Wednesday, March 21, 2007

A Word from Huck - Diaspora

When capitalized, Diaspora is used to refer specifically to the scattering of Jews from their ancestral homeland. Used in lower case, it refers to a migration or movement of any group of people from their traditional, accustomed, or assumed area. The word comes to us from the Greek (as so many interesting words do)--but more on that in a moment.

In common usage, it has come to be a reference to the history of not just the scattering of a people, but to include their struggle to return. One can therefore be interested in the diaspora of nomadic tribes as they pursue new pastures. Further, I do not believe that the lexicographers at Webster's nor the grammatically prickly in Chicago would complain too awfully much if the word were used in the singular--referring to an individual or self. Thus I give myself the permission to refer properly to the scriptural passage as the "Diaspora of the Prodigal Son."

Prodigal Son....Hmmmm....

What was the original meaning? Well, the Greek prefix "dia-" had several uses. In certain instances it implied "through" or "from" among other things. Sometimes, dia- meant "apart," which is the case here. The root word "speirin," meant "sow" or "sown" as in seeds or grain. In this sense, diaspora means to sow or be planted apart.

Well, what which was planted has grown. And the fruits of that growth are made complete in their return--whole once again.

Recent events and family news have brought this to my mind as I celebrate the diaspora.

Be well,

Wednesday, March 07, 2007

Ann Coulter—Reexamined

An Open Letter to Jon Friedman of

Jon –

There is little to argue with factually in your recent article on Ann Coulter in response to her instantly infamous John Edwards comment (Ann Coulter’s the Paris Hilton of political coverage, March 7, 2007). Excepting that your effort is steeped in irony—and not just the “she wins because I am writing about her” variety of which you are aware.

Ann (the beautiful of face and intelligent—yet loud of mouth—right-wing pundit) enjoys a love/cringe relationship with much of the right. But her most common rants are against one-sided journalism. You are certainly free to rail against her harshness of temperament and voice, but where have you been? Where was your critical pen when Al Franken called President Bush a Nazi or when he challenged Richard Lowry to a fight (actual fisticuffs)—amongst other outrages? Where is your objective eye when the gals on The View ambush Dr. Laura Schlesinger (it was ugly)? Or when Karen Bates of the New York Times commented that the sound of Trent Lott’s voice called to mind the image of nooses hanging from trees? Or when Julianne Malveaux (left-wing syndicated columnist) openly wished in print that Clarence Thomas would die of a heart attack. Or when Nina Totenberg (PBS) hoped on-air that Jesse Helms would die of AIDS? Or when Harry Belafonte called our President the “biggest terrorist in the world” in a series of interviews with the foreign press? Could I not go on?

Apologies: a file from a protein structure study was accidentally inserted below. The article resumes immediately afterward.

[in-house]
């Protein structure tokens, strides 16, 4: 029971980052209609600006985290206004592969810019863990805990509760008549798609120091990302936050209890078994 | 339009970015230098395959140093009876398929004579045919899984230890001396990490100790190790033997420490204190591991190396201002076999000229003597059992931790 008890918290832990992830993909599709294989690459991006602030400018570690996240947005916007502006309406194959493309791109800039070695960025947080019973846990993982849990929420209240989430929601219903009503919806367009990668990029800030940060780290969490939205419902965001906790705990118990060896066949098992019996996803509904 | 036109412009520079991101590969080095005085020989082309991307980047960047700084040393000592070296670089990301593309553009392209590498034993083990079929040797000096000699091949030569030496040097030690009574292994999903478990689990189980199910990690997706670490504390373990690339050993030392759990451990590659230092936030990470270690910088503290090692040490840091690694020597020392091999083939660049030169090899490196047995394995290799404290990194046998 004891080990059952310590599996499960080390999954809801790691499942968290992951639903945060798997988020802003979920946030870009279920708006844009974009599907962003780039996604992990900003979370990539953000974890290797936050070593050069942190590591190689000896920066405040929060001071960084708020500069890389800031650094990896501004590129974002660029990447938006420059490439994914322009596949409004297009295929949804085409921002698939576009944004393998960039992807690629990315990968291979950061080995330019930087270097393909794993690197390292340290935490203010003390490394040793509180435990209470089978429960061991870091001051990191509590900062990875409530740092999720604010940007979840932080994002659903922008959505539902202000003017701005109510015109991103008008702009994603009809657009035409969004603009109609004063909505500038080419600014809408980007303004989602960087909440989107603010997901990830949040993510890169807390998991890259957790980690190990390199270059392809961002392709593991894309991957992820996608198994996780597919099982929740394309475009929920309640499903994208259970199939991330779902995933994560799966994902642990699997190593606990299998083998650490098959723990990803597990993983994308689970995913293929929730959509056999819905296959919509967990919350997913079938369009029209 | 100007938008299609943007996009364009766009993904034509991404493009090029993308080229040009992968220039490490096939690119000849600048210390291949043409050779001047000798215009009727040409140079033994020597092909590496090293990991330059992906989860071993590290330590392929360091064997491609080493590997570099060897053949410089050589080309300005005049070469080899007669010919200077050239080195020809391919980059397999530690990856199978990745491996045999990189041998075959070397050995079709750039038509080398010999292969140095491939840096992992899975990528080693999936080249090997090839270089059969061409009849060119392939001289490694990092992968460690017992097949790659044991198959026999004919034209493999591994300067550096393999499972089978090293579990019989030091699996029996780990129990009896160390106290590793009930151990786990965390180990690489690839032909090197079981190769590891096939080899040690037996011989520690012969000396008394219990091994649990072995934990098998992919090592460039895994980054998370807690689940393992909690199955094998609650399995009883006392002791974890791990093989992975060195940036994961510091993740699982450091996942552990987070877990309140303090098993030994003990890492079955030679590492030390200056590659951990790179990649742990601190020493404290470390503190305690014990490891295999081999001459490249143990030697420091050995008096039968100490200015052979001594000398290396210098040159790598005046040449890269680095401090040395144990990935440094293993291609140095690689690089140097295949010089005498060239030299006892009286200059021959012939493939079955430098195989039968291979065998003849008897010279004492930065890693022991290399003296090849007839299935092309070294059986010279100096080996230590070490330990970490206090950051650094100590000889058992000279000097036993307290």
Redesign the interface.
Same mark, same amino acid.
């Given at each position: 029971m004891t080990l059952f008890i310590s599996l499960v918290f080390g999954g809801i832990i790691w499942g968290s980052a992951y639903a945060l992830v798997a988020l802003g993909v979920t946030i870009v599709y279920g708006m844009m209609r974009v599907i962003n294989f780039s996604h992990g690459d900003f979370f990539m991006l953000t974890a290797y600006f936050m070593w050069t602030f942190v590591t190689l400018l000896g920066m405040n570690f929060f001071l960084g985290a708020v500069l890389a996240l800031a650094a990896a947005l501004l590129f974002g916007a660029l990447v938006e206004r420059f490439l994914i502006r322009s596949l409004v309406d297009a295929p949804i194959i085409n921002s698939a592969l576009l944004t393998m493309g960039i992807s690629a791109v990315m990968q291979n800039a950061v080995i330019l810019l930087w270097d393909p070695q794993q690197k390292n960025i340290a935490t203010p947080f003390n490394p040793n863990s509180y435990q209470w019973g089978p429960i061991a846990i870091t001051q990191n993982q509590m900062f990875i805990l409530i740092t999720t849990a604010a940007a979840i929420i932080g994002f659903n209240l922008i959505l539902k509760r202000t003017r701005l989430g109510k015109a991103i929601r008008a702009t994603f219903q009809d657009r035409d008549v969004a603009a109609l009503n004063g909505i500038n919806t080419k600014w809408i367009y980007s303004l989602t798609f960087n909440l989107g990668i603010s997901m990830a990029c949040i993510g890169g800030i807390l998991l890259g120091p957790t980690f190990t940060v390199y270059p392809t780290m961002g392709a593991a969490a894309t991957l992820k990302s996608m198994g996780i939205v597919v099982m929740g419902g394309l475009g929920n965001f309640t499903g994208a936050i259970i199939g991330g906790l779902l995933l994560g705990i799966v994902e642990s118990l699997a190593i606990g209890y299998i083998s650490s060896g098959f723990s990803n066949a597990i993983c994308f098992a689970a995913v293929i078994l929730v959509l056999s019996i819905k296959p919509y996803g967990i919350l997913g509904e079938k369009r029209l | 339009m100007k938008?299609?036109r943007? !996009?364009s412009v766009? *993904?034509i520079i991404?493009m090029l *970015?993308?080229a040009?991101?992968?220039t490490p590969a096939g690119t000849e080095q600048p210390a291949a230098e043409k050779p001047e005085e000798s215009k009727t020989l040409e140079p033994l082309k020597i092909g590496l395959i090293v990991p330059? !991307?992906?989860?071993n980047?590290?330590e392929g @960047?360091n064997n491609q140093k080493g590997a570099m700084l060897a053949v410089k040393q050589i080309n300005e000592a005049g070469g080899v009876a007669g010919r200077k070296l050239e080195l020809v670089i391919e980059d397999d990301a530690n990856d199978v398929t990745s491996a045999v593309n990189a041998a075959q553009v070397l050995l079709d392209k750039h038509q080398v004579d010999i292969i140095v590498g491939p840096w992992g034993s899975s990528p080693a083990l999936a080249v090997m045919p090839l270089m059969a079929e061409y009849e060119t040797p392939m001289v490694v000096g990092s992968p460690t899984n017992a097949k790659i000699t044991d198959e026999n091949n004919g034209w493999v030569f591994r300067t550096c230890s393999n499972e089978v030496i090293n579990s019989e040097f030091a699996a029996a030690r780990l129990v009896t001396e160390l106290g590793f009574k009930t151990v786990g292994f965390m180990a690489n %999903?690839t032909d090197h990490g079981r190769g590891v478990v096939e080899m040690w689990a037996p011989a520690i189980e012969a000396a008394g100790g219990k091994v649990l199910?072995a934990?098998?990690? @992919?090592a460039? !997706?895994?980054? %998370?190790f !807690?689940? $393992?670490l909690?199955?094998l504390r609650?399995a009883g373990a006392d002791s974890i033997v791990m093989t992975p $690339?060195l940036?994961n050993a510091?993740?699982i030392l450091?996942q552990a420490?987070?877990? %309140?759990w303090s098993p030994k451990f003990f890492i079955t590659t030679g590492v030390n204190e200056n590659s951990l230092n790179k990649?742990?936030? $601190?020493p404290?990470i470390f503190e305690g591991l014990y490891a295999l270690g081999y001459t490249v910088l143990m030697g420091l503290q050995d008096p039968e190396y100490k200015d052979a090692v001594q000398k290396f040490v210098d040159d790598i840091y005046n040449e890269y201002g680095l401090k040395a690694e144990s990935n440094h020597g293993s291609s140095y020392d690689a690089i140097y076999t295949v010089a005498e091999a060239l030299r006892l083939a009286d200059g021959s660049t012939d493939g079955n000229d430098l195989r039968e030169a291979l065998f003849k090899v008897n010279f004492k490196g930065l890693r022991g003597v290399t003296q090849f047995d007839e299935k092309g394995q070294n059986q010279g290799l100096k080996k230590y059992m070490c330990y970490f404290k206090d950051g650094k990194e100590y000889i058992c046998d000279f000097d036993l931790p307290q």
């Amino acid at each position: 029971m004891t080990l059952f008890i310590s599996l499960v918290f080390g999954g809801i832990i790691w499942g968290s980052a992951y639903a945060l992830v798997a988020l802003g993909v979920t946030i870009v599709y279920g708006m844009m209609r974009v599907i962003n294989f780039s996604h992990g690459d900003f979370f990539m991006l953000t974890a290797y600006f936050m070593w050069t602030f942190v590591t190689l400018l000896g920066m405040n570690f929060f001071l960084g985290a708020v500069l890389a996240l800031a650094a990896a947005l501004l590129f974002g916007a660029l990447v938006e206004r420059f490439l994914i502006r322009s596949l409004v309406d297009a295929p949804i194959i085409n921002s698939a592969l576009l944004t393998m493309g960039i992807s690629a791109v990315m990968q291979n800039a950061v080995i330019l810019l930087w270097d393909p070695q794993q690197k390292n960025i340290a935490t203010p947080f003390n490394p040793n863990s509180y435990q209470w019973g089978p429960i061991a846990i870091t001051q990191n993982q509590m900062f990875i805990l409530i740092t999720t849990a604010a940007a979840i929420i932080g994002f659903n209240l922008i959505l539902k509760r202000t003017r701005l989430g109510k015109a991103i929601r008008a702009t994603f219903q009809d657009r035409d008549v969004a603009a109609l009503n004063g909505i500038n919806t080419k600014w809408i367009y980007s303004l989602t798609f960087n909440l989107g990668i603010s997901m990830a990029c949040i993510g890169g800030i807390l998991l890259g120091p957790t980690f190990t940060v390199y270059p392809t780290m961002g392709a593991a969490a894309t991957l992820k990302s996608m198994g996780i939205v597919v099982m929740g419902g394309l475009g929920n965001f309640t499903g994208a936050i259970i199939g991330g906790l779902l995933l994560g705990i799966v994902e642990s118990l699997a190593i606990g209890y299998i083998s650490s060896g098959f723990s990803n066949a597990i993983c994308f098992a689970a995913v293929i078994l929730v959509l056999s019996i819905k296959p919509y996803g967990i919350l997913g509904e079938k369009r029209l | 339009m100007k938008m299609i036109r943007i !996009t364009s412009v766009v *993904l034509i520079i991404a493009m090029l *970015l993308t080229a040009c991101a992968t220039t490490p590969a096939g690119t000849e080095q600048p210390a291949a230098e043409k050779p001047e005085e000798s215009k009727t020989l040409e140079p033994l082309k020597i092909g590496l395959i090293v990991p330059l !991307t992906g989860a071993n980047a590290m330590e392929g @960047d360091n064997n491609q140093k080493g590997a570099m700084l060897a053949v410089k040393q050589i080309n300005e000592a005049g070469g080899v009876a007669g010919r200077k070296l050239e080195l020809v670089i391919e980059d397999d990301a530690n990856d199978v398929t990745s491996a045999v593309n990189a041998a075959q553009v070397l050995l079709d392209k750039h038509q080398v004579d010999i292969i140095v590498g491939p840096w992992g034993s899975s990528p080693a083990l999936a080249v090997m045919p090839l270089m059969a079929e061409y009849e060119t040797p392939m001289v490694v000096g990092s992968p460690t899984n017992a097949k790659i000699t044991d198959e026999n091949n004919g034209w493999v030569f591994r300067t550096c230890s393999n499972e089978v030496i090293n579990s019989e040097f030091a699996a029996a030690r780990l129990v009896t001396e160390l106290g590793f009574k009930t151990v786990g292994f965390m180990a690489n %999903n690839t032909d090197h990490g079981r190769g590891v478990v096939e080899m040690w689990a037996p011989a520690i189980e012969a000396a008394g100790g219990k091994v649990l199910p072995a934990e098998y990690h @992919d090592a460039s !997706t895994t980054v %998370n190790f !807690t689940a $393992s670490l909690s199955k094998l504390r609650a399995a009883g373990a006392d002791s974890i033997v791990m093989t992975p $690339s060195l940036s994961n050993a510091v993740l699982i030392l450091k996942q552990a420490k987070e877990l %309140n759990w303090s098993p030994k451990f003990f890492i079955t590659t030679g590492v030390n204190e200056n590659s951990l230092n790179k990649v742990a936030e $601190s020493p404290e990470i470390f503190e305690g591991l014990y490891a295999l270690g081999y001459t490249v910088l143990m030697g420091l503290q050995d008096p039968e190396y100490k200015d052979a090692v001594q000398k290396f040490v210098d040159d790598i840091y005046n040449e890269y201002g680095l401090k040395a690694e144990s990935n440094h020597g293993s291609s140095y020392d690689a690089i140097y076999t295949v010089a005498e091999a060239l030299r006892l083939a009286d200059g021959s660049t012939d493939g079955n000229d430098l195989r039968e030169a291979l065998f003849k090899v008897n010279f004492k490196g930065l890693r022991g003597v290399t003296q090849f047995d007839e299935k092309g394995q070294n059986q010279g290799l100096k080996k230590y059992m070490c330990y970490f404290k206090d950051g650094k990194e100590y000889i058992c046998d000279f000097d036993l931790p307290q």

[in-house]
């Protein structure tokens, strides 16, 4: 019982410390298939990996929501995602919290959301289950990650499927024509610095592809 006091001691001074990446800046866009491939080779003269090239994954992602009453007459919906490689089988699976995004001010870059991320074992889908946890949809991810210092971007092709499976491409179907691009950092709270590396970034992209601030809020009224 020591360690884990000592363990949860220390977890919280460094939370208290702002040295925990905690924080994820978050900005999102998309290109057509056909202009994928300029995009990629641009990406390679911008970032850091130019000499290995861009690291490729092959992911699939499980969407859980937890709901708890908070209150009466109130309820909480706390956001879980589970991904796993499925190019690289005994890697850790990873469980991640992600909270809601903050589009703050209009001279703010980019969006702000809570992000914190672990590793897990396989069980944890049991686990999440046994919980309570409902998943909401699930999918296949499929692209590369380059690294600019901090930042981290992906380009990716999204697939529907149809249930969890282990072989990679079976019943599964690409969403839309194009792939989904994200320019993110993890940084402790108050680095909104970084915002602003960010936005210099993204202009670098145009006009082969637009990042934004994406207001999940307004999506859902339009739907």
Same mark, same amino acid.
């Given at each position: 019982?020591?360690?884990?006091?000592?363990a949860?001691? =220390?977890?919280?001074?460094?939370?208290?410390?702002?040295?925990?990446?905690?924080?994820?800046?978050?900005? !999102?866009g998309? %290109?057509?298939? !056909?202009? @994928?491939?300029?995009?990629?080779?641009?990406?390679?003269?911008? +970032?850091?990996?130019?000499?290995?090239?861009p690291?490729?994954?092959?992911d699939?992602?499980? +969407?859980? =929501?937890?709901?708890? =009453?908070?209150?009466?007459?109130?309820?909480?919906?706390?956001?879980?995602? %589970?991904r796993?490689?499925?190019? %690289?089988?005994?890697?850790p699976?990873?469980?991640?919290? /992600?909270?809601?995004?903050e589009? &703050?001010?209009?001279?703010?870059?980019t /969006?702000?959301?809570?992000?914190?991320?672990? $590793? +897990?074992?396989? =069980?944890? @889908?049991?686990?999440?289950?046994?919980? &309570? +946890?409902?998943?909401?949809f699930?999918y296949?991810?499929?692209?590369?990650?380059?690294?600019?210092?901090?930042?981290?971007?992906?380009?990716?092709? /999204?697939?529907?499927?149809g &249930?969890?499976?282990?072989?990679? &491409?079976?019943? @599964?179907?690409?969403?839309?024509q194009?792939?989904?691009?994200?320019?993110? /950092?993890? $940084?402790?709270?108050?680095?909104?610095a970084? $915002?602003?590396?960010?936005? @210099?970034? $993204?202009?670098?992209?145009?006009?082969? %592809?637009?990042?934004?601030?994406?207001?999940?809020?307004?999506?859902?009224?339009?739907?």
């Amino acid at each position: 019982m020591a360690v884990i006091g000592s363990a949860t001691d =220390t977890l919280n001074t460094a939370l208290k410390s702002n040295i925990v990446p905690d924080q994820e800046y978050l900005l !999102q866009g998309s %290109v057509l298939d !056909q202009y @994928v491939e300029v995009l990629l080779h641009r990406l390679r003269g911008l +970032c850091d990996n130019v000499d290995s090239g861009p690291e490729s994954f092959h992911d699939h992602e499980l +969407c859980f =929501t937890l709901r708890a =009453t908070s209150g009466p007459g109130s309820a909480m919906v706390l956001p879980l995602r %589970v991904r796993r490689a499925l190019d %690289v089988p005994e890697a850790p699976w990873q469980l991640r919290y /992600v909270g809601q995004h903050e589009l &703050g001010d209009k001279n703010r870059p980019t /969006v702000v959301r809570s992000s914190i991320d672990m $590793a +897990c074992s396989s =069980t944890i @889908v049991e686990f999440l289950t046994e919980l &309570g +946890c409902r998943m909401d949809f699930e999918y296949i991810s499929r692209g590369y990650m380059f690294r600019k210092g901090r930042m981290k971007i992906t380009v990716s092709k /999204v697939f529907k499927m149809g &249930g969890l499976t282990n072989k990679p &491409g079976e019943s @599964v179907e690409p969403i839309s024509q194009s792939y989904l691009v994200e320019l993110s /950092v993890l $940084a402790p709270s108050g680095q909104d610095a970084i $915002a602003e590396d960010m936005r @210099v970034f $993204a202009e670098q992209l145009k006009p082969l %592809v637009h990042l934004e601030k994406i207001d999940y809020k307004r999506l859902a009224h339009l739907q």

I regularly follow your MarketWatch columns—did I miss something or are you practicing selectivity in your disdain? Perhaps Ann Coulter believes she needs the outrage to be heard at all. Rail against Ann Coulter if you will—she may deserve it on occasion. But she is your creation and that of your journalistic brethren (themselves no strangers to outrageous statements).

Is Ms. Coulter in danger of becoming "obsolete" as you claim? Ask not for whom the bell of obsolescence tolls; for it may toll for thee.

Be well,

Tuesday, March 06, 2007

Copybooks, Markets, and Tigers….Oh my!

The Gods
I am reminded of one of my favorite poems by Rudyard Kipling (first introduced to me by my father) titled The Gods of the Copybook Headings. The premise of the poem is that man falls and fails with each generation to the extent that the new generation fails to remember the hard-fought lessons and wisdom of the past. It is a great read—thought dated in its analogy—and reiterates a truth common to us all.

The Capital Markets
Over the last few weeks, the stock market—being the bastion of sanity and stability that it is—took a header. Billions of dollars in market-valuation were wiped out more quickly than they ran up and gains for the year turned into losses. Friends and business associates alike screamed in pain. Before the final tallies were taken each day, fingers were rapidly pointing at villains du jour—to the right and the left. Stock proponents blamed comments made by Alan Greenspan (“He has retired, now he should keep his mouth shut!”), the larger fall in China’s Shanghai indices (“Currency controls restrict the markets!”), and banks themselves (“Sub-prime mortgages are destroying value!”). Even perpetual Bears—who go through life expecting a market’s fall—were aghast that their hoards of hidden gold bullion did not rise in glorious counterpoint to the falling market they have been predicting, lo these many years (several articles and blogs are adequately represented by the following headline from MarketWatch: “What forces are trying to hold down the price of gold?”).

The Tiger and the Monkey
There are several versions of a good story involving a tiger who looks up into a tree and sees a small monkey. The tiger says, “Come on down from the tree little monkey and play with me.” The monkey says, “No, no. I shall not, for you shall eat me up.” The tiger replies, “My days of eating monkeys are over, dear friend. Besides, you are so small! A tiger like me prefers much bigger game. Come down from the tree and play with me.” The monkey say, “I cannot trust you because you are a tiger and will eat me up!” The tiger looks up longingly and proclaims, “You are wrong small friend. I am simply lonely and desire your company. Come down from the tree and play with me for just a little while.” The monkey jumps down from the tree to play with the tiger. Quickly, the tiger seizes the little monkey and as the monkey is about to be devoured, he cries, “But you said that I am your friend and you would not eat me!?” To which the tiger replies, “What do you expect? I am only a tiger.”

Markets are Markets
Markets go up and markets go down—sometimes quickly—taking their revenge upon those who have forgotten that the market is, after all, just a market. No doubt I will have regular occasions to recall Rudyard Kipling and his fine work of poetry again in the future. But that’s the whole point, isn’t it?

Be well,